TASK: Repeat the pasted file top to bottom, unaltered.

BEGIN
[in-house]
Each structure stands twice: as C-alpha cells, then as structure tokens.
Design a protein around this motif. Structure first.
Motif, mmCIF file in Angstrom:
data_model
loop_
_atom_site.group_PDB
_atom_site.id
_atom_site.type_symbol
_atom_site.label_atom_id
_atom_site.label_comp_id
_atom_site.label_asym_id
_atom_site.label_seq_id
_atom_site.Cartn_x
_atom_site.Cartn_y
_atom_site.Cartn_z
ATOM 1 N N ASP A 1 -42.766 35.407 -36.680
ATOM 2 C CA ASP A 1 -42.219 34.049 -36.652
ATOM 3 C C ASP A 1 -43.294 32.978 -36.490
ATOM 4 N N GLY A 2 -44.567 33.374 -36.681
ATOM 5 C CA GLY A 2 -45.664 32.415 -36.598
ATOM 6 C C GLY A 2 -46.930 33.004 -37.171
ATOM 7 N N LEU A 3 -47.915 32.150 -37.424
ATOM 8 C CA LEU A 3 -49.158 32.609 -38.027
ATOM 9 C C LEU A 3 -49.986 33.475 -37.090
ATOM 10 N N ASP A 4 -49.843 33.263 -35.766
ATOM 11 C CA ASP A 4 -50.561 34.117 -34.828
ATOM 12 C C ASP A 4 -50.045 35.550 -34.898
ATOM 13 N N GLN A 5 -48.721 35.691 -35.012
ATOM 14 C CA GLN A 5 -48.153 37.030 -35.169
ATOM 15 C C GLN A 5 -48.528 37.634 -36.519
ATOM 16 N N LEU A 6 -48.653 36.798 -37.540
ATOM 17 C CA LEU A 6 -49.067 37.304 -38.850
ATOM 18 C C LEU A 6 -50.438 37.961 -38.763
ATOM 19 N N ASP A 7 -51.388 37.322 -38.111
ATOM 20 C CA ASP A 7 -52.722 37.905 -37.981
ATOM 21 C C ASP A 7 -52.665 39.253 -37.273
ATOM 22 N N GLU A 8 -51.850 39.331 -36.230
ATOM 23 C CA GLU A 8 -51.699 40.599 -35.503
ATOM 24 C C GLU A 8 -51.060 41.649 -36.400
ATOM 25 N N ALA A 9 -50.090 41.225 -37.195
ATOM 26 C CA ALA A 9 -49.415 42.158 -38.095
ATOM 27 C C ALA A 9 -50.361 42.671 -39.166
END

[in-house]
Each structure stands twice: as C-alpha cells, then as structure tokens.
Design a protein around this motif. Structure first.
Motif, mmCIF file in Angstrom:
data_model
loop_
_atom_site.group_PDB
_atom_site.id
_atom_site.type_symbol
_atom_site.label_atom_id
_atom_site.label_comp_id
_atom_site.label_asym_id
_atom_site.label_seq_id
_atom_site.Cartn_x
_atom_site.Cartn_y
_atom_site.Cartn_z
ATOM 1 N N ASP A 1 -42.766 35.407 -36.680
ATOM 2 C CA ASP A 1 -42.219 34.049 -36.652
ATOM 3 C C ASP A 1 -43.294 32.978 -36.490
ATOM 4 N N GLY A 2 -44.567 33.374 -36.681
ATOM 5 C CA GLY A 2 -45.664 32.415 -36.598
ATOM 6 C C GLY A 2 -46.930 33.004 -37.171
ATOM 7 N N LEU A 3 -47.915 32.150 -37.424
ATOM 8 C CA LEU A 3 -49.158 32.609 -38.027
ATOM 9 C C LEU A 3 -49.986 33.475 -37.090
ATOM 10 N N ASP A 4 -49.843 33.263 -35.766
ATOM 11 C CA ASP A 4 -50.561 34.117 -34.828
ATOM 12 C C ASP A 4 -50.045 35.550 -34.898
ATOM 13 N N GLN A 5 -48.721 35.691 -35.012
ATOM 14 C CA GLN A 5 -48.153 37.030 -35.169
ATOM 15 C C GLN A 5 -48.528 37.634 -36.519
ATOM 16 N N LEU A 6 -48.653 36.798 -37.540
ATOM 17 C CA LEU A 6 -49.067 37.304 -38.850
ATOM 18 C C LEU A 6 -50.438 37.961 -38.763
ATOM 19 N N ASP A 7 -51.388 37.322 -38.111
ATOM 20 C CA ASP A 7 -52.722 37.905 -37.981
ATOM 21 C C ASP A 7 -52.665 39.253 -37.273
ATOM 22 N N GLU A 8 -51.850 39.331 -36.230
ATOM 23 C CA GLU A 8 -51.699 40.599 -35.503
ATOM 24 C C GLU A 8 -51.060 41.649 -36.400
ATOM 25 N N ALA A 9 -50.090 41.225 -37.195
ATOM 26 C CA ALA A 9 -49.415 42.158 -38.095
ATOM 27 C C ALA A 9 -50.361 42.671 -39.166